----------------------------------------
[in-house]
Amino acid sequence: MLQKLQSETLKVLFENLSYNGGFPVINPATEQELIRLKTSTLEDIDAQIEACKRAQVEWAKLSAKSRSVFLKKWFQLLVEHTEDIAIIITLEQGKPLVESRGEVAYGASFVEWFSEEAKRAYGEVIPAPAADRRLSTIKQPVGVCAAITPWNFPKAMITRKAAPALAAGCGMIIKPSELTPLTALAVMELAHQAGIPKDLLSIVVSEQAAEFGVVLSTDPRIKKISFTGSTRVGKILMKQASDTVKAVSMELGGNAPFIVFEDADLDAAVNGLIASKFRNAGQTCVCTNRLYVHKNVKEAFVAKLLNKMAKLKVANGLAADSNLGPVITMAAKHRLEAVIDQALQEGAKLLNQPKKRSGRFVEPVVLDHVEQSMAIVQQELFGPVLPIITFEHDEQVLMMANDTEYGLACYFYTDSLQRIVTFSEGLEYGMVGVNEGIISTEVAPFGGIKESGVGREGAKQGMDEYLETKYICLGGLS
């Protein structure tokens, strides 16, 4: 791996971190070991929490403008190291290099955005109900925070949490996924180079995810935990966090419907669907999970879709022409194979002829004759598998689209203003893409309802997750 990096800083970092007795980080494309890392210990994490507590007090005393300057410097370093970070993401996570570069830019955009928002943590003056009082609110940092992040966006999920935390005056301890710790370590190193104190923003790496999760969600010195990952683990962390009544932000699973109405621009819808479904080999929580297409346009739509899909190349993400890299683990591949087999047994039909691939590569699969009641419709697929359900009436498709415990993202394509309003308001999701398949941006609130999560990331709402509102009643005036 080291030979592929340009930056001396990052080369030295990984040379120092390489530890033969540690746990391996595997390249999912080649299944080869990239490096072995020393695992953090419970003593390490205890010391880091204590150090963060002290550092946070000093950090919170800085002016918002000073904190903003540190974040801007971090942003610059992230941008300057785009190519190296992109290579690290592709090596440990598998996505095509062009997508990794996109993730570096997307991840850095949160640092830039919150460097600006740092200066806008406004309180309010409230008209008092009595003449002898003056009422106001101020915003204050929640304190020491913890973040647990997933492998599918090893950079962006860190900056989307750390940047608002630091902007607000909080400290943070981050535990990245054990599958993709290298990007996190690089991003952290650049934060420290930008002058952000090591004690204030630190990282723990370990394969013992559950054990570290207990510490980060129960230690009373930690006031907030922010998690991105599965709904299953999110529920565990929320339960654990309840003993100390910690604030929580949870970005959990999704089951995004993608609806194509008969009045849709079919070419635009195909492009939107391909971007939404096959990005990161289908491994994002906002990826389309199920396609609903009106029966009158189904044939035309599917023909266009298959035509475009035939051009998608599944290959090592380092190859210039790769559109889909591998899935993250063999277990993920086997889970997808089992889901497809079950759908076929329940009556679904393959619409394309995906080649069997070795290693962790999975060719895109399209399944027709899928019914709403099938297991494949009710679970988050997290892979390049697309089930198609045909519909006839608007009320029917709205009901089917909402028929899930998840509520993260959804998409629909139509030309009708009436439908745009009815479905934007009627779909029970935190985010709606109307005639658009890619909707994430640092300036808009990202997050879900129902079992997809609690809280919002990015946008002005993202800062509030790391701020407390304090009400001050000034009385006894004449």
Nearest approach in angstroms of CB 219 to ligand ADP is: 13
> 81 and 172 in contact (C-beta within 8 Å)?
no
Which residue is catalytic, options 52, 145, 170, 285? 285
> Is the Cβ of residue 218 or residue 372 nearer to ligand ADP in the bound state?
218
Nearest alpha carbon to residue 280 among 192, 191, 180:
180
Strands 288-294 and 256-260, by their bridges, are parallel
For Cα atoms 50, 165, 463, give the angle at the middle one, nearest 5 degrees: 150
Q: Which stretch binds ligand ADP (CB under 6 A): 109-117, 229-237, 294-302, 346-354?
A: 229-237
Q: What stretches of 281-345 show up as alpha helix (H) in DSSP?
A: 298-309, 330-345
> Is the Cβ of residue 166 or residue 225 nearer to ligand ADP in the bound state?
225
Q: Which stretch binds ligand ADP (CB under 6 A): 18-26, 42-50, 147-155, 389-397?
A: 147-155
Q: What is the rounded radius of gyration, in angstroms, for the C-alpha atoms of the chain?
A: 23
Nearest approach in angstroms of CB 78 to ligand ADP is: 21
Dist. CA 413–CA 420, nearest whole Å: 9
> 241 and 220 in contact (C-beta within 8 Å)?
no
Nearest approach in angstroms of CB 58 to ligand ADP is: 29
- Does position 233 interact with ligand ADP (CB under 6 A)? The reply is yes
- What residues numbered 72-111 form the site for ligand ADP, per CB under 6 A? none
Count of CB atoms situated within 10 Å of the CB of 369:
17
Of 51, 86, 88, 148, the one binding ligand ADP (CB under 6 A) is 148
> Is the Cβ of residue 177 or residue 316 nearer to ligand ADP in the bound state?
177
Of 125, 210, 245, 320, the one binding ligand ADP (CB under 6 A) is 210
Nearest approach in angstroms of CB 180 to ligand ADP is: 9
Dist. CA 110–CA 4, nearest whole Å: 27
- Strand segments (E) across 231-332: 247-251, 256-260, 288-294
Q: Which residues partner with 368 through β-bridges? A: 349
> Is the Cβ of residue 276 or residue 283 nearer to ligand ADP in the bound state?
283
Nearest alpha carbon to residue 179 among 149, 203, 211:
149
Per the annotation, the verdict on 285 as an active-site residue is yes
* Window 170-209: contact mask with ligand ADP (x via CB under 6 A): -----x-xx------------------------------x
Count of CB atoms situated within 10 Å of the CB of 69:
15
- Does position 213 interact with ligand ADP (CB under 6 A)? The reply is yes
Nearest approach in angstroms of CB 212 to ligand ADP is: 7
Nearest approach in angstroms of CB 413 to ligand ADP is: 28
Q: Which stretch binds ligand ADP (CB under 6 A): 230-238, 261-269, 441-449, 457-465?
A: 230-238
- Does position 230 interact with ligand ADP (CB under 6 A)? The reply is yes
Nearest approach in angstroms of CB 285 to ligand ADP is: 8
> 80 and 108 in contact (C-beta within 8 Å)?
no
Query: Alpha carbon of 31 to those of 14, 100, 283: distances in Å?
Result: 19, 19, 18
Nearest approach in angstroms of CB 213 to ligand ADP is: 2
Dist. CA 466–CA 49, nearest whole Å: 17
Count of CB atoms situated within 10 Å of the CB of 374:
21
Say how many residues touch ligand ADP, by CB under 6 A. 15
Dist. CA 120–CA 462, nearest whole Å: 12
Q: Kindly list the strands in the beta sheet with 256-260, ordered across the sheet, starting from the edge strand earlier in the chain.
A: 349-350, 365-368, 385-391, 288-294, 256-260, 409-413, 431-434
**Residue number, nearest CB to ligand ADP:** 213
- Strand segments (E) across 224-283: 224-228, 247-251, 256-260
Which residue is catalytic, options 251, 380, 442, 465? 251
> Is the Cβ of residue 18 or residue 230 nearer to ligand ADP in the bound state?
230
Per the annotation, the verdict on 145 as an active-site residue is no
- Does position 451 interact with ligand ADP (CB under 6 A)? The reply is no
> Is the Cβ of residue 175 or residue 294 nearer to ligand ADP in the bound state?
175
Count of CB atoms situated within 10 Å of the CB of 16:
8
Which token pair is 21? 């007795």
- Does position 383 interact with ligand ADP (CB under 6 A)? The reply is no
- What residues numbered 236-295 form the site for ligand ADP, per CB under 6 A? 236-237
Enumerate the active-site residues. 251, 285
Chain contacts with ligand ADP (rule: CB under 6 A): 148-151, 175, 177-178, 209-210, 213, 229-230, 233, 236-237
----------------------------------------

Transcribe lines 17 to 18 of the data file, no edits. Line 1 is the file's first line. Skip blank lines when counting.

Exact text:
A: 298-309, 330-345
> Is the Cβ of residue 166 or residue 225 nearer to ligand ADP in the bound state?